UK clarifies `Overseas Citizen of India` status
Responding to concerns of British citizens holding the status of `Overseas Citizen of India` (OCI), the UK Foreign Office has clarified that when such citizens are in India, they will continue to be treated as British citizens.
London: Responding to concerns of British citizens holding the status of `Overseas Citizen of India` (OCI), the UK Foreign Office has clarified that when such citizens are in India, they will continue to be treated as British citizens and offered consular assistance if required.
A large number of people of Indian-origin have acquired OCI status after being naturalised as British citizens in the UK. The scheme launched by the Indian government in December 2005 has been welcomed by the Indian diaspora.
The Foreign Office has confirmed in a letter to a London-based solicitors company, Freemans Solicitors, that when OCI holders are in India, they will continue to be treated as British citizens and will be entitled to consular assistance.
The letter by Louse Edwards from the Consulate Directorate of the Foreign Office says that the OCI status does not affect a person`s nationality under international law.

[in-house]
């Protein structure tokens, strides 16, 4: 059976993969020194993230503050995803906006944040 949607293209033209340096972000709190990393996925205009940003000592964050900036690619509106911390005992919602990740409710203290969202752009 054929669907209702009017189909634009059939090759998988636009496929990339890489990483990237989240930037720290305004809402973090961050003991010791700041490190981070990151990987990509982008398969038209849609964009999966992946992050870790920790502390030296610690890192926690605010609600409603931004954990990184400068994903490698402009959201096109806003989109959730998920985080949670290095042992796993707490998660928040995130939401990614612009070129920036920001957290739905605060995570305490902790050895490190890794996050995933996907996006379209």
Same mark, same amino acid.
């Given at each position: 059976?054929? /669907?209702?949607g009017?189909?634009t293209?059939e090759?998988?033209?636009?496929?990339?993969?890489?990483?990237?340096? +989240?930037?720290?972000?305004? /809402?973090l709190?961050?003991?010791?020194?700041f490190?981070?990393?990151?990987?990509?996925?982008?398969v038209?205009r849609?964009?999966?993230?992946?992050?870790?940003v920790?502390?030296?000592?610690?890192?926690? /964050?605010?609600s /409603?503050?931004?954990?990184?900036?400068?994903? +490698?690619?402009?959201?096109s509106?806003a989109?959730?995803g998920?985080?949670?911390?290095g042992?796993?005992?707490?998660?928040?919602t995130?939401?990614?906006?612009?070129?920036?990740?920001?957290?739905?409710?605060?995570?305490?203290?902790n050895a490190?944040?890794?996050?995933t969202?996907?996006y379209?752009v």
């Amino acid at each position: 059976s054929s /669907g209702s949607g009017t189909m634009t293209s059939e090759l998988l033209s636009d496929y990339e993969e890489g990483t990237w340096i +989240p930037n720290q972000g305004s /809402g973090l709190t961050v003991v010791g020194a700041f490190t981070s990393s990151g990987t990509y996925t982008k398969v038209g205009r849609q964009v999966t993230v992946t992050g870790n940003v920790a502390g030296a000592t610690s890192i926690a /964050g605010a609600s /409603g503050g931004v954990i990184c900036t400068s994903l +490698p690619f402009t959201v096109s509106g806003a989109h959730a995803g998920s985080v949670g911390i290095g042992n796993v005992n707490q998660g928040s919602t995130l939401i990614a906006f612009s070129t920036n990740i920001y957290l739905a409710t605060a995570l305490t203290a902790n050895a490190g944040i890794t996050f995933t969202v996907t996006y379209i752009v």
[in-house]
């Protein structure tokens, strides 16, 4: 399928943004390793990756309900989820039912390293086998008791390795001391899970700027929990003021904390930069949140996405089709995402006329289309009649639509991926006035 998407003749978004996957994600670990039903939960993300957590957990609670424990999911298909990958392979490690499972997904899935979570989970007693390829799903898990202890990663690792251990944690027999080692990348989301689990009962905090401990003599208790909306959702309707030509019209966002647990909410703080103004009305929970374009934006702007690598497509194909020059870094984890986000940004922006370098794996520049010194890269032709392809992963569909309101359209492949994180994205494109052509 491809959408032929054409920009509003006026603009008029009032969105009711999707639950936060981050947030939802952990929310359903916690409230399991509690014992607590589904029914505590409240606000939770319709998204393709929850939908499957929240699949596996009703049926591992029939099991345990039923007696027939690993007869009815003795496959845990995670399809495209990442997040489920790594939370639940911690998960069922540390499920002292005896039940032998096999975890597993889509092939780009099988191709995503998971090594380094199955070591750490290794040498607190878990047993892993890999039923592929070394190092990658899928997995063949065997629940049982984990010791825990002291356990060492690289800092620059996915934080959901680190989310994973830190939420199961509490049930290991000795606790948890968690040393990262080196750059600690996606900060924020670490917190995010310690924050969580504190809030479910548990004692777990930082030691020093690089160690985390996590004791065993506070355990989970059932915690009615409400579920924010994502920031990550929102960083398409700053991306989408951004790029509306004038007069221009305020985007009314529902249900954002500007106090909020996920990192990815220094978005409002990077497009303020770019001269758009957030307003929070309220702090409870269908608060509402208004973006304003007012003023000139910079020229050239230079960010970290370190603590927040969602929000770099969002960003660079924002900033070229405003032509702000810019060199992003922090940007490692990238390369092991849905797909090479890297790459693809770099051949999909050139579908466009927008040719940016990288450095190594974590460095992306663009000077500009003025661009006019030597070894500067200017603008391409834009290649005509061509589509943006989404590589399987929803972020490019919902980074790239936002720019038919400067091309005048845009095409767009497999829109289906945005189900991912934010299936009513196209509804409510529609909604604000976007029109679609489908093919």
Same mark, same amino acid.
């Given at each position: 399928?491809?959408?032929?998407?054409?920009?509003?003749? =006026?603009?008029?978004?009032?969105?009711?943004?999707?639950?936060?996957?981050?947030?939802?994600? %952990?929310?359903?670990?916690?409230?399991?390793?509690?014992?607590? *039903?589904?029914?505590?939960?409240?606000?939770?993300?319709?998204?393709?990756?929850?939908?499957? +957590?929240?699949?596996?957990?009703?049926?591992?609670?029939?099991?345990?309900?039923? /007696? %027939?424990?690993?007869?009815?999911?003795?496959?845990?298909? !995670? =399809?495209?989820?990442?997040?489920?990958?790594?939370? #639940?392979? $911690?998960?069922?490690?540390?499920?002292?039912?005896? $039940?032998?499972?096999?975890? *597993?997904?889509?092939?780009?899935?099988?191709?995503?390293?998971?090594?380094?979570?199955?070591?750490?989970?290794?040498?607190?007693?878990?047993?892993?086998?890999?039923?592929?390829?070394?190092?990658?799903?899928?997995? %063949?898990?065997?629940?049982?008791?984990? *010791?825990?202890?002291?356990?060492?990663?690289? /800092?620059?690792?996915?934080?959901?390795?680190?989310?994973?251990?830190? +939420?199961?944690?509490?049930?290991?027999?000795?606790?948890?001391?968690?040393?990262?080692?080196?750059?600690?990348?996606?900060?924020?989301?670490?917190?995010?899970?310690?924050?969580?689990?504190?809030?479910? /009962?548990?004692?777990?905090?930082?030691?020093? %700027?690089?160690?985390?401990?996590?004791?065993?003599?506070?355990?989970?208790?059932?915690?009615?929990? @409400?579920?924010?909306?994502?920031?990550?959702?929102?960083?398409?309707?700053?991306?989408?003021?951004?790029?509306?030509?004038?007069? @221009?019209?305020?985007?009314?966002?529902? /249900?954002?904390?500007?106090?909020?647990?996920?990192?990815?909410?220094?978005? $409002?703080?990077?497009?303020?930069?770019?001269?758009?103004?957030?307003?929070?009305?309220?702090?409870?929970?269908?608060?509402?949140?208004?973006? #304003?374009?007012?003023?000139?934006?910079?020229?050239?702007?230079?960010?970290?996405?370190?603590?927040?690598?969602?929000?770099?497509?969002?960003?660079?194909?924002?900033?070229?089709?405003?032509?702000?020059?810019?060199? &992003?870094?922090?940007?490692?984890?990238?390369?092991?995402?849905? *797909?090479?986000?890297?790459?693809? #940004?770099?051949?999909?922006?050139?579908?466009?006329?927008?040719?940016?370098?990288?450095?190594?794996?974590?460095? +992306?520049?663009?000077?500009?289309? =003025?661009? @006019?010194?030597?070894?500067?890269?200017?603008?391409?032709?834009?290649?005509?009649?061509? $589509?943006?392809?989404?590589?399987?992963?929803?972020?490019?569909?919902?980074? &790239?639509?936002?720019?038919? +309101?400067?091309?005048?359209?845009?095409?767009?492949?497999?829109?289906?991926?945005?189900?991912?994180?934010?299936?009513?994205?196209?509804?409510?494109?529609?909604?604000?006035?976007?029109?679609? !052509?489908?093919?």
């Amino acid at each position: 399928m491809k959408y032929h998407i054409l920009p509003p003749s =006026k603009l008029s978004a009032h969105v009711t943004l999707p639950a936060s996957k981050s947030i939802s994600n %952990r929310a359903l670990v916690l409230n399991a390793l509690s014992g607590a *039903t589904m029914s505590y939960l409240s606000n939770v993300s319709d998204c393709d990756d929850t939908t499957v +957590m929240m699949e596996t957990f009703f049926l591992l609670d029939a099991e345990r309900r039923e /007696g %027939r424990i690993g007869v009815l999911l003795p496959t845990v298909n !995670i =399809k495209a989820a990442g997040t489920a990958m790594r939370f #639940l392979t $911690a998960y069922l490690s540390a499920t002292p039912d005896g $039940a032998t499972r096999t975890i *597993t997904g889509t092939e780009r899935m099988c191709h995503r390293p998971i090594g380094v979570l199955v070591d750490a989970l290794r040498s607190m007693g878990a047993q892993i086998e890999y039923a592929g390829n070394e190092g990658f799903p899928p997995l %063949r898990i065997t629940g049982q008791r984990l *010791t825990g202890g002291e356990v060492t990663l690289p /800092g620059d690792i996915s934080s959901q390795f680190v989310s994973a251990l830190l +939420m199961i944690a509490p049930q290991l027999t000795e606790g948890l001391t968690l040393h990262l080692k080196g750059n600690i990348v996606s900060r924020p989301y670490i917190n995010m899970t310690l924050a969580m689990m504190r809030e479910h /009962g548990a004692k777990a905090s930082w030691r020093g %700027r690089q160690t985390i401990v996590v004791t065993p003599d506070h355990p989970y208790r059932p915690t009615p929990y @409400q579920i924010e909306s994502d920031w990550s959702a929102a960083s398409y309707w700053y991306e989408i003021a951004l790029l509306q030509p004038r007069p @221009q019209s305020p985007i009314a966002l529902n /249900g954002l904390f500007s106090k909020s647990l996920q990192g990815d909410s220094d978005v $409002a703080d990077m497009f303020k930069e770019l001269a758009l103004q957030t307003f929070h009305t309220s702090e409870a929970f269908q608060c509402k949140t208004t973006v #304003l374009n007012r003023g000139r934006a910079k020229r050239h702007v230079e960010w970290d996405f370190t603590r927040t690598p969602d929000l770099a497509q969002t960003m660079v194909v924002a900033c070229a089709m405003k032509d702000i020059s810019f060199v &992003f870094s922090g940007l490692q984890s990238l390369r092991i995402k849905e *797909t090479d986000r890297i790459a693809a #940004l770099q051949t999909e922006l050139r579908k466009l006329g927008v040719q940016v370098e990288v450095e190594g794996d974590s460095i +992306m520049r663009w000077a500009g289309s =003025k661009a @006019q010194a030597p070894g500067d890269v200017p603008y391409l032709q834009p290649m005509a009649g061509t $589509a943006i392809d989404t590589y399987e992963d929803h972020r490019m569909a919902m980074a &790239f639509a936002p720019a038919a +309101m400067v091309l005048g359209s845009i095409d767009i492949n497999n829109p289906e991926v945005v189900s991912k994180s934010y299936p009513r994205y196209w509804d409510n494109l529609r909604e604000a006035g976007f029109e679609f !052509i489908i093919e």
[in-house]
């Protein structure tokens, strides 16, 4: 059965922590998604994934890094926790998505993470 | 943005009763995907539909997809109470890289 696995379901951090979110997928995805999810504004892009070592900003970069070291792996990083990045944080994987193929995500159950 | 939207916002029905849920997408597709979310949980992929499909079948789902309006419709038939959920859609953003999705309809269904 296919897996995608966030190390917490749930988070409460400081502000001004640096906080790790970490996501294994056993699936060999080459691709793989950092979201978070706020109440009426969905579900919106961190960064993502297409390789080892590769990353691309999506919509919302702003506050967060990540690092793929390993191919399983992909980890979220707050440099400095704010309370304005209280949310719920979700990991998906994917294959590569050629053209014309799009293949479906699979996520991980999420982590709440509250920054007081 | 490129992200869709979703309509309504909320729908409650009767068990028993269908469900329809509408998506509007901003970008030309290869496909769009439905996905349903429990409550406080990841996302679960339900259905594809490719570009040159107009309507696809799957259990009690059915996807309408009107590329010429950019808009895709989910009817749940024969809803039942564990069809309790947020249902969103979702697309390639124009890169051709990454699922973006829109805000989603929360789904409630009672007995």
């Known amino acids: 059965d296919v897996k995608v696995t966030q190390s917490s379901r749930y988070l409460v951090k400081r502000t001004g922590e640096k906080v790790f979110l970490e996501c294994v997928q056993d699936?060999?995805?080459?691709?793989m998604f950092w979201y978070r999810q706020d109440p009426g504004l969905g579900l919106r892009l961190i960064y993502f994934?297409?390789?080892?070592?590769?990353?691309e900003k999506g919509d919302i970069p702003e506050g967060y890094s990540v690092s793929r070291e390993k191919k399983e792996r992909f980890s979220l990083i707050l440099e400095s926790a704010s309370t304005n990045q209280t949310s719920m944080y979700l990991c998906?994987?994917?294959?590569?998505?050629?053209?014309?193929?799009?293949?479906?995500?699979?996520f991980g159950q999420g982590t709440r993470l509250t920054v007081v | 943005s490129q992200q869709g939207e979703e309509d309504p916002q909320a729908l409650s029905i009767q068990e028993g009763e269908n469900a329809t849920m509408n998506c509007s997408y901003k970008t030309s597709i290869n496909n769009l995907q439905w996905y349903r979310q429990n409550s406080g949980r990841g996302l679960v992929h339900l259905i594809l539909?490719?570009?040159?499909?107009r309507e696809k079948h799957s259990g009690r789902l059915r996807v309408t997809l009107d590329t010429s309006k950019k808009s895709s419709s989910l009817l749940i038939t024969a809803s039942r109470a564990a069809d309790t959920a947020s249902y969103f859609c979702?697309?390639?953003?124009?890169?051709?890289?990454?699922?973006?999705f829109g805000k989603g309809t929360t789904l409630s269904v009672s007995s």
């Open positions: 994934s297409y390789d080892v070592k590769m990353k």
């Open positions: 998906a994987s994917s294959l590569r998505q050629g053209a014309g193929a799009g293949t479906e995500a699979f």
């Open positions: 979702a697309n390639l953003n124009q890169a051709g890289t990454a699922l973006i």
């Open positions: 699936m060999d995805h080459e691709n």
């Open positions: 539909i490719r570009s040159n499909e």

"Our understanding is that the Indian authorities would not consider a British citizen holding OCI to be a dual national, although this is a matter for the Indian authorities.
Therefore, for the purposes of consular assistance, they would be treated as a British national and would be eligible for the consular assistance," Edwards writes in the letter available online.
Registration as OCI entitles them to several benefits, such as multi-purpose lifelong visa, exemption from registration with the police and parity with non-resident Indians in financial and economic matters.
However, many OCI holders were not clear about their status while in India, and were concerned whether they would be treated as British citizens in India and extended consular assistance if required.
The OCI status is granted in the form of a booklet, which is not to be understood as a `passport`, which is issued to Indian citizens. During the period an OCI is in India, the person is subject to Indian criminal/civil laws.
OCI holders cannot vote or contest elections, nor hold any constitutional post or enter into employment with the Indian government. An OCI can acquire Indian citizenship again by renouncing the citizenship of the foreign country after five years of being granted the OCI, according to the Ministry of Home Affairs.